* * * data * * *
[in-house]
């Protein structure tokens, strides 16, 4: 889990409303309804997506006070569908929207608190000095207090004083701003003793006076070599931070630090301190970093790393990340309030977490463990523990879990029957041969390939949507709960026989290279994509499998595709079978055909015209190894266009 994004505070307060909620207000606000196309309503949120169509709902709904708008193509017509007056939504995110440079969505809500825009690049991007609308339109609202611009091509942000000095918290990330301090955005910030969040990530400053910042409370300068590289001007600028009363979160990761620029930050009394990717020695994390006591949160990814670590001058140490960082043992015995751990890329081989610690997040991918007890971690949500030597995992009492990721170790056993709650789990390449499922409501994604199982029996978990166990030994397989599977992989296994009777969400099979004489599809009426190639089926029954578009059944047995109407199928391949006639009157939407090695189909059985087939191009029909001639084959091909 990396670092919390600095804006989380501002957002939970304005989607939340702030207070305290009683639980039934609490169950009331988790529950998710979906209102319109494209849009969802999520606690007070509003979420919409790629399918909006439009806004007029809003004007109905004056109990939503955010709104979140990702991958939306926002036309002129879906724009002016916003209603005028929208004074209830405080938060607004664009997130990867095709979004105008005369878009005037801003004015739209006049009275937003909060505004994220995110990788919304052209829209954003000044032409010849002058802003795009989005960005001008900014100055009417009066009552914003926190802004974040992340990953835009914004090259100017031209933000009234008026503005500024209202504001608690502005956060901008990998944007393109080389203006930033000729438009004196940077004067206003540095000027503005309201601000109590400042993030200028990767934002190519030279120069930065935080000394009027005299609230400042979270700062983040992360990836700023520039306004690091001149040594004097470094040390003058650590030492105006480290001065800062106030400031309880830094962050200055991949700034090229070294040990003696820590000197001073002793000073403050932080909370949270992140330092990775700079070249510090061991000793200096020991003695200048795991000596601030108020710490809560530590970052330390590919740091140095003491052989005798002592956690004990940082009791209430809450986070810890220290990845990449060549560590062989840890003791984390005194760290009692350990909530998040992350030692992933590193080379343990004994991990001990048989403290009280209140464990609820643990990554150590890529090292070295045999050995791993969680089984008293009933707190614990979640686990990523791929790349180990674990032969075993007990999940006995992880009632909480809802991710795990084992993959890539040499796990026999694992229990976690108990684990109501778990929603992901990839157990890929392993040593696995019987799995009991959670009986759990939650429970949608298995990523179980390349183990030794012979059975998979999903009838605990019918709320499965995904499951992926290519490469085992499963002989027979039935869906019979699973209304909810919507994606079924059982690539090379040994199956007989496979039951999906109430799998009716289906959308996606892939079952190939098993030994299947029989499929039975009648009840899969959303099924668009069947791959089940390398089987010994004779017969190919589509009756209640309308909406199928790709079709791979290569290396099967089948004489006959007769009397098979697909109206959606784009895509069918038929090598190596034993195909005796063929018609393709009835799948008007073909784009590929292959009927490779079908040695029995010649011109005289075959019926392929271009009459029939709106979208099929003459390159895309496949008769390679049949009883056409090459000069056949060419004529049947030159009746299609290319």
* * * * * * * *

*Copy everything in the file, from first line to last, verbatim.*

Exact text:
[in-house]
């Protein structure tokens, strides 16, 4: 889990409303309804997506006070569908929207608190000095207090004083701003003793006076070599931070630090301190970093790393990340309030977490463990523990879990029957041969390939949507709960026989290279994509499998595709079978055909015209190894266009 994004505070307060909620207000606000196309309503949120169509709902709904708008193509017509007056939504995110440079969505809500825009690049991007609308339109609202611009091509942000000095918290990330301090955005910030969040990530400053910042409370300068590289001007600028009363979160990761620029930050009394990717020695994390006591949160990814670590001058140490960082043992015995751990890329081989610690997040991918007890971690949500030597995992009492990721170790056993709650789990390449499922409501994604199982029996978990166990030994397989599977992989296994009777969400099979004489599809009426190639089926029954578009059944047995109407199928391949006639009157939407090695189909059985087939191009029909001639084959091909 990396670092919390600095804006989380501002957002939970304005989607939340702030207070305290009683639980039934609490169950009331988790529950998710979906209102319109494209849009969802999520606690007070509003979420919409790629399918909006439009806004007029809003004007109905004056109990939503955010709104979140990702991958939306926002036309002129879906724009002016916003209603005028929208004074209830405080938060607004664009997130990867095709979004105008005369878009005037801003004015739209006049009275937003909060505004994220995110990788919304052209829209954003000044032409010849002058802003795009989005960005001008900014100055009417009066009552914003926190802004974040992340990953835009914004090259100017031209933000009234008026503005500024209202504001608690502005956060901008990998944007393109080389203006930033000729438009004196940077004067206003540095000027503005309201601000109590400042993030200028990767934002190519030279120069930065935080000394009027005299609230400042979270700062983040992360990836700023520039306004690091001149040594004097470094040390003058650590030492105006480290001065800062106030400031309880830094962050200055991949700034090229070294040990003696820590000197001073002793000073403050932080909370949270992140330092990775700079070249510090061991000793200096020991003695200048795991000596601030108020710490809560530590970052330390590919740091140095003491052989005798002592956690004990940082009791209430809450986070810890220290990845990449060549560590062989840890003791984390005194760290009692350990909530998040992350030692992933590193080379343990004994991990001990048989403290009280209140464990609820643990990554150590890529090292070295045999050995791993969680089984008293009933707190614990979640686990990523791929790349180990674990032969075993007990999940006995992880009632909480809802991710795990084992993959890539040499796990026999694992229990976690108990684990109501778990929603992901990839157990890929392993040593696995019987799995009991959670009986759990939650429970949608298995990523179980390349183990030794012979059975998979999903009838605990019918709320499965995904499951992926290519490469085992499963002989027979039935869906019979699973209304909810919507994606079924059982690539090379040994199956007989496979039951999906109430799998009716289906959308996606892939079952190939098993030994299947029989499929039975009648009840899969959303099924668009069947791959089940390398089987010994004779017969190919589509009756209640309308909406199928790709079709791979290569290396099967089948004489006959007769009397098979697909109206959606784009895509069918038929090598190596034993195909005796063929018609393709009835799948008007073909784009590929292959009927490779079908040695029995010649011109005289075959019926392929271009009459029939709106979208099929003459390159895309496949008769390679049949009883056409090459000069056949060419004529049947030159009746299609290319």